Geometry has been used to explain not only what we can see and touch (cubes of rock, a triangle drawn in the dirt), but what we can only imagine (complex three dimensional shapes).
While simple shapes such as triangles, squares and circles have been part of mankind’s way of thinking about the world forever, it was the consideration (and naming) of more complex three dimensional shapes which was seen to inspire and develop Western mathematics, science and philosophy from the early Middle Ages (5th century AD).
Polyhedra is the name given to three-dimensional solid shapes based on triangles, squares and circles. These were considered the building blocks of the entire universe, including organic and inorganic matter. So, what is a polyhedra? It is a set of solid shapes which incorporate a number of plane surfaces (or faces) and intersections (vertices). In ‘regular’ polyhedra forms, all of the faces were the same solid shape. There are five of these type of regular polyhedrons, named after Plato (‘platonic solids’).
The five platonic solids are: the tetrahedron (consisting of four faces that are equilateral triangles), the hexahedron, also known as a cube (consisting of six square faces), the octahedron (consisting of eight faces that are equilateral triangles), the dodecahedron (12 pentagons), and the icosahedron (20 equilateral triangles).From these five platonic solids, Archimedes theorised the existence of 13 ‘irregular’ polyhedrons (known as ‘Archimedean solids’) in which intersecting faces do not have to be the same.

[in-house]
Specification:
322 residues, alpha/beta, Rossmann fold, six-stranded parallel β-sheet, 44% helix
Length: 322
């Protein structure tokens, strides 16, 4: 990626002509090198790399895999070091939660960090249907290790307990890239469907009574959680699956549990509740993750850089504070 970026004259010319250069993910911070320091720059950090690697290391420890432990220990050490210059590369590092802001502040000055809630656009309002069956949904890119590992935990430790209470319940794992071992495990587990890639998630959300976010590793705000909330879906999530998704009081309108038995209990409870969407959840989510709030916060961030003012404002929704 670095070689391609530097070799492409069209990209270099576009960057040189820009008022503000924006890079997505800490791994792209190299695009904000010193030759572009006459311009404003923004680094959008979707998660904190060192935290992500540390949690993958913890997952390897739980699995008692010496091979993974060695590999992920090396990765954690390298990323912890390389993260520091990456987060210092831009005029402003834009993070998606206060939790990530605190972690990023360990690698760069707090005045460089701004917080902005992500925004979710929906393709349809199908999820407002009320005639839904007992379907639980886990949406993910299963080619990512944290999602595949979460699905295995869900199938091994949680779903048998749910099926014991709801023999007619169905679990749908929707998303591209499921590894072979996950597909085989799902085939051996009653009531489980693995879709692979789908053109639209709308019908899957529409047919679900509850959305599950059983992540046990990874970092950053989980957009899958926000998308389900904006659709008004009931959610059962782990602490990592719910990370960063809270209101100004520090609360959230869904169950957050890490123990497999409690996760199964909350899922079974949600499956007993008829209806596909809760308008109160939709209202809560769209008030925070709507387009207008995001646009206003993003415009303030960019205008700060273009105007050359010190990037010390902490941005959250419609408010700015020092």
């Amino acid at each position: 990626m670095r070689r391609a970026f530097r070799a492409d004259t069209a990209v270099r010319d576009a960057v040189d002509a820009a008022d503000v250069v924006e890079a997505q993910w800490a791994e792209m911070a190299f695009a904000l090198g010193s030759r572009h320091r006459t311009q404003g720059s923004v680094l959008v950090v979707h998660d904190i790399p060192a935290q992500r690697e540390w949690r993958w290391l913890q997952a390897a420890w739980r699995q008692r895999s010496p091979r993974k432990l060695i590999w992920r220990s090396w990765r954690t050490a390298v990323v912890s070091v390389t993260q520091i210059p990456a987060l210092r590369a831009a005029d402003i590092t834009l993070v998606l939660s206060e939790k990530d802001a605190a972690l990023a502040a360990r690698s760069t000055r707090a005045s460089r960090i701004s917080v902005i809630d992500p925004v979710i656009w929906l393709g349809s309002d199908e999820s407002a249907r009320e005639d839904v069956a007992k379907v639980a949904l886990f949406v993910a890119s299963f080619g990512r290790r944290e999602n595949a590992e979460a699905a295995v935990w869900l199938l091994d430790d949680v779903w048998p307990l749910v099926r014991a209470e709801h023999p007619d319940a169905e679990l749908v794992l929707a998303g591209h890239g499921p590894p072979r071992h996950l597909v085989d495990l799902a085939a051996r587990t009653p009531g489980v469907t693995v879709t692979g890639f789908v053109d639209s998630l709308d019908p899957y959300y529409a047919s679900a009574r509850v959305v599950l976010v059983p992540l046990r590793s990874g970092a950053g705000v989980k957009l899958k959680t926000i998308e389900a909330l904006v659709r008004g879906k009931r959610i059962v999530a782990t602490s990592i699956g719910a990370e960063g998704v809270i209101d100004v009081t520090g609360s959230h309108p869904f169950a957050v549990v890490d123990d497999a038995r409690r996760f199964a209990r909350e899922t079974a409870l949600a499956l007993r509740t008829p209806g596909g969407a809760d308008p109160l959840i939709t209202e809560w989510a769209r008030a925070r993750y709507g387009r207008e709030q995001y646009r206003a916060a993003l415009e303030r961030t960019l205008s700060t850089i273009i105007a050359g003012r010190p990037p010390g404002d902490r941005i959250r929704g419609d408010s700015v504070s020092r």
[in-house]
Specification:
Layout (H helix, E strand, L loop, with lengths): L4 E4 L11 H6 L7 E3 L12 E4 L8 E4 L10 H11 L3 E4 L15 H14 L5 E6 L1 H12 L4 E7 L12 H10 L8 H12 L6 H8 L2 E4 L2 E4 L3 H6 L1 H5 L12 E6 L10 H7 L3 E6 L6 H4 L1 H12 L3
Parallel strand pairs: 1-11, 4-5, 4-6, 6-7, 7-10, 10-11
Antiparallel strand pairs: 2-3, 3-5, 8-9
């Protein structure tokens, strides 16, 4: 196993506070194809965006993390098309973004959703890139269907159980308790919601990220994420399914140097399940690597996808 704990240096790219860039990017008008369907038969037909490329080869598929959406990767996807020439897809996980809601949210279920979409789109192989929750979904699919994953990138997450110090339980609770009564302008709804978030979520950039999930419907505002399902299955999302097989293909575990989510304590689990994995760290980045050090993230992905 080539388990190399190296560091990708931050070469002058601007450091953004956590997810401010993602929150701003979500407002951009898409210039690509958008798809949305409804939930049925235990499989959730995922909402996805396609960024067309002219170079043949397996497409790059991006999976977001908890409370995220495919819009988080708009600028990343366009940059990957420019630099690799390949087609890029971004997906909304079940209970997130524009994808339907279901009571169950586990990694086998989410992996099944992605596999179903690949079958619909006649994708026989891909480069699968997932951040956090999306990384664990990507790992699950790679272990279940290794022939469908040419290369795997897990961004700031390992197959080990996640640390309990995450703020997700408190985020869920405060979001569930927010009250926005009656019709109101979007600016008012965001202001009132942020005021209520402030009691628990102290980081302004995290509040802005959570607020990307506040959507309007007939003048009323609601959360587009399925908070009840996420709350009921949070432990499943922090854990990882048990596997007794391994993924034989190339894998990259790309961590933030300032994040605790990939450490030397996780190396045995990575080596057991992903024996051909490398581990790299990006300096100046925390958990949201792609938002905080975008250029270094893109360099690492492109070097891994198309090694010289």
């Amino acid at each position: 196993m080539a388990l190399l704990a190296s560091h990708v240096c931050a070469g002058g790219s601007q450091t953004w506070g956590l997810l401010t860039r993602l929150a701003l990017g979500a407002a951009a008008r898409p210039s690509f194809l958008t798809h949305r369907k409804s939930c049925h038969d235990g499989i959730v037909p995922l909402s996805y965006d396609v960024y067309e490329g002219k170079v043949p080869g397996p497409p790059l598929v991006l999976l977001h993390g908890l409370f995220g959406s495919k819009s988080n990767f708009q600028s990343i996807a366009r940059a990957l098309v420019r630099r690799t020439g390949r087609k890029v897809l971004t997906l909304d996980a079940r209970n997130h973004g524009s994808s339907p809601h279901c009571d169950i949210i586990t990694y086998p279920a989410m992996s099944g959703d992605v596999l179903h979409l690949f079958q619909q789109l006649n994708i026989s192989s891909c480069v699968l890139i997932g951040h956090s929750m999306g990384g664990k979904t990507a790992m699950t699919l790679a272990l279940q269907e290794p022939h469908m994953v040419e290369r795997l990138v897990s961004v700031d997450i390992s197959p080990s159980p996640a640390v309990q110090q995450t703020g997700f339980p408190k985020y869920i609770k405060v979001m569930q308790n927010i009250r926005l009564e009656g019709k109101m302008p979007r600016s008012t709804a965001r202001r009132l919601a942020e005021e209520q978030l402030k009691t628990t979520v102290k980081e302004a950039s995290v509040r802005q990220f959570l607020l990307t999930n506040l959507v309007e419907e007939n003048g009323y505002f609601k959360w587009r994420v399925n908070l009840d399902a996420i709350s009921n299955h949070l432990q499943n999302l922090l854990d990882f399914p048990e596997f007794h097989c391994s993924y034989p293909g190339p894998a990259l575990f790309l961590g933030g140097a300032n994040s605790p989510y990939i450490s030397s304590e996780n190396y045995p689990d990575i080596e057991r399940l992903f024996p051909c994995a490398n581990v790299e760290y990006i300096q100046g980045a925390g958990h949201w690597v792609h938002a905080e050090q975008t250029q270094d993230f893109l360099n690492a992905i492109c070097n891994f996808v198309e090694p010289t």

The cuboctohedron is considered part of the ‘sacred geometry’ set of shapes which purport to show us the ‘secrets of the creation of the universe’ as it is the only Achimedean solid in which the length of the vertices (or the edges between the faces) is equal to that of the radial distance from its centre of gravity to any vertex. That is, the line from the centre of the structure is the same length no matter which part of the structure it is going to, and all lengths between points are the same as well. Not only that, it has exactly 13 vertices: a central one, plus the outer ones that define 12 directions in space.
In mathematics, 13 is considered pretty special, being a prime number; the smallest prime number which is a prime no matter which way you place the two digits (ie. 13 or 31), and a fibonacci number (see related post on the fibonacci spiral).
There is another way we can represent a cuboctohedon, which is the draw 13 spheres of the same diameter, clustered around a central sphere (or ‘nucleus’) so that each is touching another and the centre of each sphere will be equidistant from all of their adjacent spheres, including the nucleus. If we draw the relationship between each of these sphere centres, we get a cuboctohedron. This diagram (with the spheres) is seen in nature in terms of how cells multiply, which is why the cuboctohedron, as drawn with 13 spheres, is also linked to the seed of life, another typical design you will often see in sacred geometry (see related post).
If we represent that in two dimensions, rather than three, where each of the 13 spheres becomes a circle, this pattern is called Metatron’s cube (see related post about the archangel metatron, the kabbalah and the tree of life as well as the maths behind why metatron’s cube is considered to represent every geometical shape known to mankind).
So, as well as being trippy to look at, the mathematics and geometry behind the cuboctohedron can be seen to be representative of both sacred (ie. the number 13) and profane (ie. the way cells replicate) elements of the universe. That makes it a pretty spesh!